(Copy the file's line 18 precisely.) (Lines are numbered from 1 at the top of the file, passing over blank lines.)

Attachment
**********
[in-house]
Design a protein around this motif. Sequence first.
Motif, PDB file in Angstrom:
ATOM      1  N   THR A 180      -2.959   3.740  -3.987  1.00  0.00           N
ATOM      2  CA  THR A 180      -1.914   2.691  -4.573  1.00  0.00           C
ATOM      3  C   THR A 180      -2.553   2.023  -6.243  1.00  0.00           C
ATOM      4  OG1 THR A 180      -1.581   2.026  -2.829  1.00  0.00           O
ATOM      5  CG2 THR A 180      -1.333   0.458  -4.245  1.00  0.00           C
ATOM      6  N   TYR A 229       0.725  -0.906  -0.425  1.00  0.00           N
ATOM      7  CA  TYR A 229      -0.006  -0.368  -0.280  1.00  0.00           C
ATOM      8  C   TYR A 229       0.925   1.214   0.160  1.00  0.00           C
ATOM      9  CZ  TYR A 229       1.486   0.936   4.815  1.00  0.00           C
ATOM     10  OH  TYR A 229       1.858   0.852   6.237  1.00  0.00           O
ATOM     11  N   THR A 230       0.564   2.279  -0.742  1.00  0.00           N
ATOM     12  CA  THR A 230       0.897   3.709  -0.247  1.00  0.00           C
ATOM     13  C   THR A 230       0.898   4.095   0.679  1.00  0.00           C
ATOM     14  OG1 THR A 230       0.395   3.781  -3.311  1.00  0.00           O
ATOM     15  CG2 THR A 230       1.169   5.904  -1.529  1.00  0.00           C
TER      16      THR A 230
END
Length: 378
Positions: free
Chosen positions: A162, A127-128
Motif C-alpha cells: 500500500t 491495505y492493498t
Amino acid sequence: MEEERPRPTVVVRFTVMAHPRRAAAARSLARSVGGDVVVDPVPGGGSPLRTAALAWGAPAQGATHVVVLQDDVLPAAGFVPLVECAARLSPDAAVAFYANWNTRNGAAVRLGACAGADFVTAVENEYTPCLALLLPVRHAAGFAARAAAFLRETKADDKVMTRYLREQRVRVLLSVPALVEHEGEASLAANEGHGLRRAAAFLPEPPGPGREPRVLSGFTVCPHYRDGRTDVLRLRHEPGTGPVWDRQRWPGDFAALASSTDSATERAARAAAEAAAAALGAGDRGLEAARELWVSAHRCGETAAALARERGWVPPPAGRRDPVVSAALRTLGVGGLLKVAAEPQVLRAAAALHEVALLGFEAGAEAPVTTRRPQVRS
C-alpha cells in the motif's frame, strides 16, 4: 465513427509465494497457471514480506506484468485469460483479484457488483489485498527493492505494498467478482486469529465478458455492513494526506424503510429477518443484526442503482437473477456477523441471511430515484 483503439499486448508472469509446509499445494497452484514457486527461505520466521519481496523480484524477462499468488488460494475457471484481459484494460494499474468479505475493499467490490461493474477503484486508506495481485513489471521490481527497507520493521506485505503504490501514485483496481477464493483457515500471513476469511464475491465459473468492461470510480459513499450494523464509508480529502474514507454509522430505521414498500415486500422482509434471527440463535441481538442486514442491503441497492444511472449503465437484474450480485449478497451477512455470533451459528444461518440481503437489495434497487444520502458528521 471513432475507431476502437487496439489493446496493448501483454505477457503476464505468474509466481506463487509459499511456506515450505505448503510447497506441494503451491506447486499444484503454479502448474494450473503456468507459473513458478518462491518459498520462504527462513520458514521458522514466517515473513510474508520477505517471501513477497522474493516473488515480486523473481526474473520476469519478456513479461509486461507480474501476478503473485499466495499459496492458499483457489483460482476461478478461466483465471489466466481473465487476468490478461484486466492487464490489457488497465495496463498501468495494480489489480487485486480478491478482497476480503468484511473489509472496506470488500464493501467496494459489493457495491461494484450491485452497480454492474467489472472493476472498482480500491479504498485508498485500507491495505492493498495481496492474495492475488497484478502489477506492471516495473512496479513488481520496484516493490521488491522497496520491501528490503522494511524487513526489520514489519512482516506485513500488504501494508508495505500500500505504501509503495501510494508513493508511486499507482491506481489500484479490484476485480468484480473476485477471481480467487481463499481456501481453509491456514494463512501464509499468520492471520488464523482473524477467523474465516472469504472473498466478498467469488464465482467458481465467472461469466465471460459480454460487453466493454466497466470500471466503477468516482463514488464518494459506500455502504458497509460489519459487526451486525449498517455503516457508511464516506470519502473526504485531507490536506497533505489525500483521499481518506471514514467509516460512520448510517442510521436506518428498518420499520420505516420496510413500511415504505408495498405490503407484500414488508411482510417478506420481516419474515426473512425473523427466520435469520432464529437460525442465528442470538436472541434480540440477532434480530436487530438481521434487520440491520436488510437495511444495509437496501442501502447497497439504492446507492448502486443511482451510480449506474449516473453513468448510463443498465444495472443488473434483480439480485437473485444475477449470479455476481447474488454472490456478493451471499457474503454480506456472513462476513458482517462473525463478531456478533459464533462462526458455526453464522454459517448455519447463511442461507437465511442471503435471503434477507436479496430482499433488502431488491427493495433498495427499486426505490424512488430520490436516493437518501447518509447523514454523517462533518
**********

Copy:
ATOM     15  CG2 THR A 230       1.169   5.904  -1.529  1.00  0.00           C